Four workplace wellbeing predictions for 2023

A sideways view of a black woman working at a desk
Natalie Clarkson
by Natalie Clarkson
30 December 2022

With the Great Resignation and quiet quitting two major trends in the world of work during 2022, more businesses are looking at how they create workplaces that help to attract and retain employees.

Each year, Virgin Pulse asks experts to make some wellbeing predictions for the next 12 months. And we’ve rounded up some of those predictions to share here…


Virgin’s chief purpose and vision officer, Holly Branson, says that she hopes to see many companies adopting a focus on purpose in 2023.

“Helping people find their personal purpose (at work and outside of it) is vital to keeping people happy, motivated, fulfilled, proud and inspired,” she said.

Holly Branson sitting in a gaint seasehll at the Virgin Management office in London

“Without this, wellbeing becomes too easily comprised. It’s also vital to help people feel connected to the company’s overarching purpose (i.e., why does the business exist? What problems is it solving the world? What lives is it improving?). If employees don’t understand or agree with the company’s purpose, and if they can’t see how they are contributing to something bigger than themselves, they become lost and disengaged. Companies have a responsibility to look after their people, so it’s vital to address this. It’s also difficult for a company to live up to its purpose if their people aren’t invested in the bigger picture.”

Read more of Holly’s thoughts on helping people to find their personal purpose.

Human beings, not human resources

The Great Resignation made many businesses realise that they need to remember that their employees are people too, with wants and needs – and Brian Baker, director of strategic development at Virgin Pulse, says this is a growing trend that’s not going anywhere.

“People are sick of feeling like a ‘cog in a machine.’ They’re human beings, with real-life problems, and want an employer to be empathic and understanding – especially if they want them to take on more work. A more holistic and personalised approach to employee experience is needed,” Brian said.

“Unsurprisingly, the need for great employee experience is a top priority for global businesses over the next few years and investing in employee experience is imperative. Holistic, personalised wellbeing programs will provide multi-dimensional benefits. To build trust and loyalty, employers must recognise employees as human beings with diverse backgrounds and needs and translate this with empathy and understanding, supporting the whole person, not just the face on Zoom or name on Teams.

A woman leaning back in her office chair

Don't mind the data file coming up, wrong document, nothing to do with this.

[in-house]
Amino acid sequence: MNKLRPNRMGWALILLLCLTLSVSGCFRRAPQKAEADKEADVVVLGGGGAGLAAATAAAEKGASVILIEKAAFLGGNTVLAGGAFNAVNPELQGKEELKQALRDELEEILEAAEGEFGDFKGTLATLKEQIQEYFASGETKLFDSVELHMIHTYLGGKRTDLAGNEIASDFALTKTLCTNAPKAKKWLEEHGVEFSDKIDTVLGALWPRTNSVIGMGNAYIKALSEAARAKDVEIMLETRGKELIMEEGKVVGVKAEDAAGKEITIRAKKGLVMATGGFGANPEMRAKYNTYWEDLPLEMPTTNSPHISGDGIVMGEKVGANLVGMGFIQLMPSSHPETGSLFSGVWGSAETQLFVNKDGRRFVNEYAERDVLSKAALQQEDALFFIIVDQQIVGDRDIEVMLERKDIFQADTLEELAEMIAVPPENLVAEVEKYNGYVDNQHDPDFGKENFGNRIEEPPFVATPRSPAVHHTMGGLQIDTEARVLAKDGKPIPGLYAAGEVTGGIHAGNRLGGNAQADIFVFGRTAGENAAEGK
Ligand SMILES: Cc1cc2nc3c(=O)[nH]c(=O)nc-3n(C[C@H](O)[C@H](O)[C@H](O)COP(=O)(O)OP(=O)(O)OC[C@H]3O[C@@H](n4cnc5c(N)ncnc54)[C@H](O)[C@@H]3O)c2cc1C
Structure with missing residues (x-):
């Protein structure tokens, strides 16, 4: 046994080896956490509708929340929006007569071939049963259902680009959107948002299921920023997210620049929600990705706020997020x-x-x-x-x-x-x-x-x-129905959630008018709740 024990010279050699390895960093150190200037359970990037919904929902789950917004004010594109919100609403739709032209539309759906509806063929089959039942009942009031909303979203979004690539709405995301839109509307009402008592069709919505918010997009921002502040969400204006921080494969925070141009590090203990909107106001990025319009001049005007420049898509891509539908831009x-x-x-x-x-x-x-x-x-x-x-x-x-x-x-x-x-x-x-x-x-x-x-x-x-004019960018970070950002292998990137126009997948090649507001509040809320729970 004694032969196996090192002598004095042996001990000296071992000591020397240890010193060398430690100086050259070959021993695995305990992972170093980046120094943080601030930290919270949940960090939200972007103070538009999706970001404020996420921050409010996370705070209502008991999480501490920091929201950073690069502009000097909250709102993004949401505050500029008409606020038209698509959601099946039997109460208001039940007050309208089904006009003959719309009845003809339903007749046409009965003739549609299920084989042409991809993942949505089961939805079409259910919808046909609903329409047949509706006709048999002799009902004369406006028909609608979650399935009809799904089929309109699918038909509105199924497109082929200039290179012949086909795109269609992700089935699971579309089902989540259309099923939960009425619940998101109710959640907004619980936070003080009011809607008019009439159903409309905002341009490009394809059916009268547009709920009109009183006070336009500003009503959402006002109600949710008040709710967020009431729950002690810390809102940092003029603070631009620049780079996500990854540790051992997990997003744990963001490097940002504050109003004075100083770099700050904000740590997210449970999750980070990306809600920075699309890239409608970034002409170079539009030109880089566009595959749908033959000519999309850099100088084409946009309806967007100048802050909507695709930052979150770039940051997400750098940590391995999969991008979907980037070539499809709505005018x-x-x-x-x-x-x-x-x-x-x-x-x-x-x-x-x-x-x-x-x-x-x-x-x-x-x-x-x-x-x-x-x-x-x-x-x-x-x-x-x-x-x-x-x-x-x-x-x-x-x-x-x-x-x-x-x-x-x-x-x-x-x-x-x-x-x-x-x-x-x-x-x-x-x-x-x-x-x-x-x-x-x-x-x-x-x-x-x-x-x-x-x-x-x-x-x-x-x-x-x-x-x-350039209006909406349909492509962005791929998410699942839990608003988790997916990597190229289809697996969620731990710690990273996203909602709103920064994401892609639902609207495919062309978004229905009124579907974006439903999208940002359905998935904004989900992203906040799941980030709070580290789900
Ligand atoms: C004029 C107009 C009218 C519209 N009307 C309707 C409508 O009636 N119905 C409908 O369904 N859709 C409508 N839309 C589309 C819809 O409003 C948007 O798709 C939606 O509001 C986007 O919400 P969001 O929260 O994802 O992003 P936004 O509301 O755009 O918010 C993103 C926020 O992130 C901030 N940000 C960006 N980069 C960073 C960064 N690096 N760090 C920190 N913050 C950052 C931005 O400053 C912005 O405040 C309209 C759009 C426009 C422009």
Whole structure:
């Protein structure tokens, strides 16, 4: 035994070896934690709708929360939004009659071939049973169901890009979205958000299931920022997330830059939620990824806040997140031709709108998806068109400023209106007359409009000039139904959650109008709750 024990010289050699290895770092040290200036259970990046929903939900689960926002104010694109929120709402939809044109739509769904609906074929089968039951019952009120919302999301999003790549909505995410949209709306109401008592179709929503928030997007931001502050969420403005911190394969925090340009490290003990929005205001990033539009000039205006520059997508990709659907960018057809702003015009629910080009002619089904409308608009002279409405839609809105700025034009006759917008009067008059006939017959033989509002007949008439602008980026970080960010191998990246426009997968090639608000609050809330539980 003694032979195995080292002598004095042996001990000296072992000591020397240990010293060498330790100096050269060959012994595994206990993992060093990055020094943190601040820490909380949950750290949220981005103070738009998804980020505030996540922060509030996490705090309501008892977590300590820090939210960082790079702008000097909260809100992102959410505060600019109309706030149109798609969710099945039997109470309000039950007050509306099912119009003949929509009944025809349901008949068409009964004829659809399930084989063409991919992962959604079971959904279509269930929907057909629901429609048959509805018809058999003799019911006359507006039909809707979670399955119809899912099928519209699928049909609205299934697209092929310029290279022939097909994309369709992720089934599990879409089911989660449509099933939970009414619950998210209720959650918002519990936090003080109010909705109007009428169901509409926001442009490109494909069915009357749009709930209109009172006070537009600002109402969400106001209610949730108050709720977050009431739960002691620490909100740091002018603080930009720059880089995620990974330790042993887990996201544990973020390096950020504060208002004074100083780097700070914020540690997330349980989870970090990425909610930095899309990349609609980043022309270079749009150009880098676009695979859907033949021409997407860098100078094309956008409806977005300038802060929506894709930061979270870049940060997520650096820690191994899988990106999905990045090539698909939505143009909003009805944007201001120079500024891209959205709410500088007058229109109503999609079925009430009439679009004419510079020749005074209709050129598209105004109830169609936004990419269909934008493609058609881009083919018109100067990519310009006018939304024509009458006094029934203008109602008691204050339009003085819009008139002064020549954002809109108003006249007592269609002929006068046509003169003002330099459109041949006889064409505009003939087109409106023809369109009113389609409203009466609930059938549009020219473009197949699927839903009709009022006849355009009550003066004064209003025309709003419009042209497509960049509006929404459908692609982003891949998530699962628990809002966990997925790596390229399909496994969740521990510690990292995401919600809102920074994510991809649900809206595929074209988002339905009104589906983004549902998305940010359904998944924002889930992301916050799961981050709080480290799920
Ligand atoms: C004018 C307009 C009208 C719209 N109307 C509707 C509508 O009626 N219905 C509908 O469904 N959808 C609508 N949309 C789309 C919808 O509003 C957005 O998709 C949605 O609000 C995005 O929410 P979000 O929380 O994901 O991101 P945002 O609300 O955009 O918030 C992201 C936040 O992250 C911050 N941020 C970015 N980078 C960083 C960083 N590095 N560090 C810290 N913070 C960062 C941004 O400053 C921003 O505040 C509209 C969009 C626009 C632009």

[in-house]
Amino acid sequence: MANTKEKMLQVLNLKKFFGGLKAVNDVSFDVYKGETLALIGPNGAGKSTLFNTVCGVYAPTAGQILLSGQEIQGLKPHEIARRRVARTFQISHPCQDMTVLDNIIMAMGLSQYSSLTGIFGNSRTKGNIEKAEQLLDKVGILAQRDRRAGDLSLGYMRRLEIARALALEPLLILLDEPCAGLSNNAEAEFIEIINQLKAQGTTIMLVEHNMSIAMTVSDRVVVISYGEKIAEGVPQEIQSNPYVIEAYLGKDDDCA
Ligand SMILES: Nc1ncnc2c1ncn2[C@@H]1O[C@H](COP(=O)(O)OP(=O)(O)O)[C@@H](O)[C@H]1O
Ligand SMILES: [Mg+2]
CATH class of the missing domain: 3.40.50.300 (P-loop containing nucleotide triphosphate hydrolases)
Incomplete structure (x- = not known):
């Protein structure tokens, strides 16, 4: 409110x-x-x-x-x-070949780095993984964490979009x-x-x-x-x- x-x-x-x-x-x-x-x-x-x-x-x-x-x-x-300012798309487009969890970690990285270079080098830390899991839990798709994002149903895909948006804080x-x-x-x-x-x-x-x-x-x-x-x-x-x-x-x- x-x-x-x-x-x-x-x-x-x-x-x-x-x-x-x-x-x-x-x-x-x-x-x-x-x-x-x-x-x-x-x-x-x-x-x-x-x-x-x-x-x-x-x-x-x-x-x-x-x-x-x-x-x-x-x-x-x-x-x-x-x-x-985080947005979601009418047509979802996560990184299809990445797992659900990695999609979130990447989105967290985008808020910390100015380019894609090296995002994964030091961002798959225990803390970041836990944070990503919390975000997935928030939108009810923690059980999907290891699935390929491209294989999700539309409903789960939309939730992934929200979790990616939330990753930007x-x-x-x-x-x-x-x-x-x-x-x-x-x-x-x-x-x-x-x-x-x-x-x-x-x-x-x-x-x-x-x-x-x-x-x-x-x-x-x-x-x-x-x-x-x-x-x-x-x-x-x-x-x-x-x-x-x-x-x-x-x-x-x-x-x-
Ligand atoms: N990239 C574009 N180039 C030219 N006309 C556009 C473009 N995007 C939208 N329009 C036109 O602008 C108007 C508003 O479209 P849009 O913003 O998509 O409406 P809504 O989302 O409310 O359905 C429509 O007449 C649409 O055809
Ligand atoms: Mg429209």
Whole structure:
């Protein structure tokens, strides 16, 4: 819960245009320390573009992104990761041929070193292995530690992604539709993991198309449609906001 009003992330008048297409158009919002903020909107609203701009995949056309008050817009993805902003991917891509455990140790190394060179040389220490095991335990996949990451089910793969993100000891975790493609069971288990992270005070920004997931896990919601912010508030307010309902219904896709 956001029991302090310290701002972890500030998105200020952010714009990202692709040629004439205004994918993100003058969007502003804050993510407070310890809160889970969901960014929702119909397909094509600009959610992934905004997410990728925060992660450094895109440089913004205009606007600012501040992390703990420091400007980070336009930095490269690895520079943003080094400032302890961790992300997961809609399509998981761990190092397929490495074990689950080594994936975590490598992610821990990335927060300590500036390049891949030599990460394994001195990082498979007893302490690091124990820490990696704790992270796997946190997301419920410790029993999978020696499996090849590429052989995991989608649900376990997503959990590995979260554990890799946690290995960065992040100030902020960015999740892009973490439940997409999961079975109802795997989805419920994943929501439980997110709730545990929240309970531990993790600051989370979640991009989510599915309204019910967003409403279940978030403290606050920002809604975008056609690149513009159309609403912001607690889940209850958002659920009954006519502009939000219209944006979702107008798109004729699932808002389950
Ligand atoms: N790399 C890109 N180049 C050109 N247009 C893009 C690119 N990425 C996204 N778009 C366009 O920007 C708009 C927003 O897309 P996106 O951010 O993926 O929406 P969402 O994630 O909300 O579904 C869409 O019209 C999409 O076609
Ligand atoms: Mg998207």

“If you don’t offer standout employee experiences, another employer will. Investing in your people will never be something you regret – but not investing in them might be your biggest.”

Mental health

Mental health has been on the agenda for businesses for a long time – and it won’t be disappearing in 2023.

Dr. David Batman, specialist consultant in occupational health medicine and Virgin Pulse Science Advisory Board member, said: “Businesses will take a more strategic approach to manage mental health at work with rising numbers and employee and business impacts. This will include risk assessments, employee, and management education, and defining key performance indicators to ensure monitoring and management training and identify and support employees with problems.”

Financial health

The cost-of-living crisis that’s been seen across the world in 2022 will continue into 2023, and businesses need to be prepared for the impact that is going to have on their employees.

“Inflation is soaring, and the price of energy is rising along with petrol, food, and even basic living necessities. (And let’s not get started on the mortgage rate rise). Things are only set to worsen, and your people will need your support more than ever over the next couple of years,” said Jill King, regional vice president, UKIMEA, at Virgin Pulse.

A black man working from home

“Money, and talking about money at work, has long been taboo. However, employee financial resiliency is a real threat to your organisation.

“With financial worries the leading cause of anxiety and depression, businesses may find more staff taking time off to deal with their mental health, leading to staff shortages. As people struggle to cope with increased workloads and money worries, employers can expect morale and productivity to decrease. Workers who feel underpaid or undervalued may seek work elsewhere — the Great Resignation has already set a precedent for this.

“In 2023 and beyond, businesses will have an increased responsibility to find ways to help their employees cope with ongoing financial stress and support them in navigating through this challenging time. Chasing short-term incentives rather than focusing on wholeperson wellbeing that fuels long-term growth, supports all employees, and builds employer trust is a bad idea. HR leaders should double down on improving the total employee wellbeing experience, which affects the cost-of-living crisis and supports the impacts on health, engagement, and productivity, and their view of you as their employer.”

Want to know more about workplace wellbeing in 2023? Download The Future of Health, Wellbeing, and Navigation eBook from Virgin Pulse.